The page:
Federal and state government as well as numerous private and non-profit organizations are working together to bring this epidemic of homelessness to an end. Plans for immediate action and long term solutions are being developed. Stand Up For Kids, a not-for-profit organization founded in 1990 to help rescue homeless and at-risk youth, provides straightforward counseling and educational programs, thereby helping homeless children acquire the life skills necessary to become effective members of their community. Stand Up For Kids offers immediate necessities such as food, clothing, shelter and personal hygiene as well as housing assistance, education assistance, vocational development, counseling, health services, transportation to self-help meetings, and legal assistance. The Better Homes Fund presented a seven-point platform of immediate action to improve well being of homeless children. The plan entails paying more attention to the health of homeless children, emphasizes access to schooling, and aims at preventing violence. The Education of Homeless Children and Youth (EHCY) program, established by Congress in 1987 as part of the Stewart B. McKinney Homeless Assistance Act, provides formula grants to state educational agencies to ensure that all homeless children and youth have equal access to the same free, appropriate education, including preschool education, provided to other children and youth. State and local educational agencies receive McKinney funds to review and revise laws, regulations, practices, or policies that may act as a barrier to the enrollment, attendance, and success in school of homeless children. The Better Homes Fund s long term solution to resolve the homeless problem in America focuses on developing an adequate supply of decent affordable housing; a challenge that is even more difficult now, with the rapidly escalating cost of housing. The Fund also recommends increase of resources for poor families by raising the state and federal minimum wage sufficiently to bring a family s income above the poverty level.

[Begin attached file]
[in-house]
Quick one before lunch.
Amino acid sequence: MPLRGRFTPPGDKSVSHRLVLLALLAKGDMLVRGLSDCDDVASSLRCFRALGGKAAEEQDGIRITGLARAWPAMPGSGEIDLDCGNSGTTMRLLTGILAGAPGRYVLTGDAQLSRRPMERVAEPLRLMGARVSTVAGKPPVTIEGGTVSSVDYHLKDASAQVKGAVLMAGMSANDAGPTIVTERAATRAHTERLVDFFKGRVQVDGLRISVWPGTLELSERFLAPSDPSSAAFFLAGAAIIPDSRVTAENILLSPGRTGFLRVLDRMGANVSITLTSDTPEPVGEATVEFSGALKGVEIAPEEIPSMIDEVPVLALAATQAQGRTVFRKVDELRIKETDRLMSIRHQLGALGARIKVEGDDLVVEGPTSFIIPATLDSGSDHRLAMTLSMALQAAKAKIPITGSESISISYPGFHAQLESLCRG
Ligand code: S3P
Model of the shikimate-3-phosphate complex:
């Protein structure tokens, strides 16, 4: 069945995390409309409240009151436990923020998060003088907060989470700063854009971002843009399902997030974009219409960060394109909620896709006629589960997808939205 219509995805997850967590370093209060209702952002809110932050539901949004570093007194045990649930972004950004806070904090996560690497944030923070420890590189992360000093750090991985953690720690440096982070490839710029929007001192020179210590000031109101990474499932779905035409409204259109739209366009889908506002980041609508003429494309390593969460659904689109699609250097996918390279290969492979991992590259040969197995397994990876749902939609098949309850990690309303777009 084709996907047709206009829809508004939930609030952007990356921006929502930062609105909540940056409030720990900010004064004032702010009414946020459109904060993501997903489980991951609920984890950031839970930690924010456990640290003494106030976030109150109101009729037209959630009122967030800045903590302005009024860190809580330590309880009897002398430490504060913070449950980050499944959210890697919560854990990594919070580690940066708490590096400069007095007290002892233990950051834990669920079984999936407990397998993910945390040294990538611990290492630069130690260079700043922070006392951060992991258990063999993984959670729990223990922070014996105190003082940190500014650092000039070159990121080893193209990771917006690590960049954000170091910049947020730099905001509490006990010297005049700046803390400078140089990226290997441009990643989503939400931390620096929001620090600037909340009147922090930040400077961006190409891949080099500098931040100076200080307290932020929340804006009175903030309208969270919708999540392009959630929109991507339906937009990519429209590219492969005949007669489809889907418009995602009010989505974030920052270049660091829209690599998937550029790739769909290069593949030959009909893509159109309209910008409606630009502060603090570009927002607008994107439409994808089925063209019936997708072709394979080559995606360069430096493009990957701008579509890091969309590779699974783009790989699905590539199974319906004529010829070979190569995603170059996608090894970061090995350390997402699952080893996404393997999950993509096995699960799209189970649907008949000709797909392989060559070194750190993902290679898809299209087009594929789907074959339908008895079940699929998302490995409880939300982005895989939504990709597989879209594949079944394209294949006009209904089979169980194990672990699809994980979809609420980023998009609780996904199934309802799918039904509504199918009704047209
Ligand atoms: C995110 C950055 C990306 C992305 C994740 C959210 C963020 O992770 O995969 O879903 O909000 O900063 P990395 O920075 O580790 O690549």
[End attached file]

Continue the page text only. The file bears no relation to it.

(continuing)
What homeless children need most of all is a home; a stable, loving and caring environment in which they can grow up to be loving and caring adults. While they are experiencing homelessness, however, children desperately need to remain in school. School is one of the few stable, secure places in the lives of homeless children. A school is a place where they can acquire the skills needed to help them escape poverty. All children need adequate medical attention, especially homeless children. Steps need to be taking to ensure that the health of America s homeless children is protected.
Andrew Homeless 15-year-old
Child, Lydia M.
http://nch.ari.net – National Coalition for the Homeless 03/12/2001
www.os.dhhs.gov – Department of Health and Human Services 03/29/2001
www.standupforkinds.org – Stand Up For Kids 04/03/2001
www.thebetterhomesfund.org – The Better Homes Fund 03/12/2001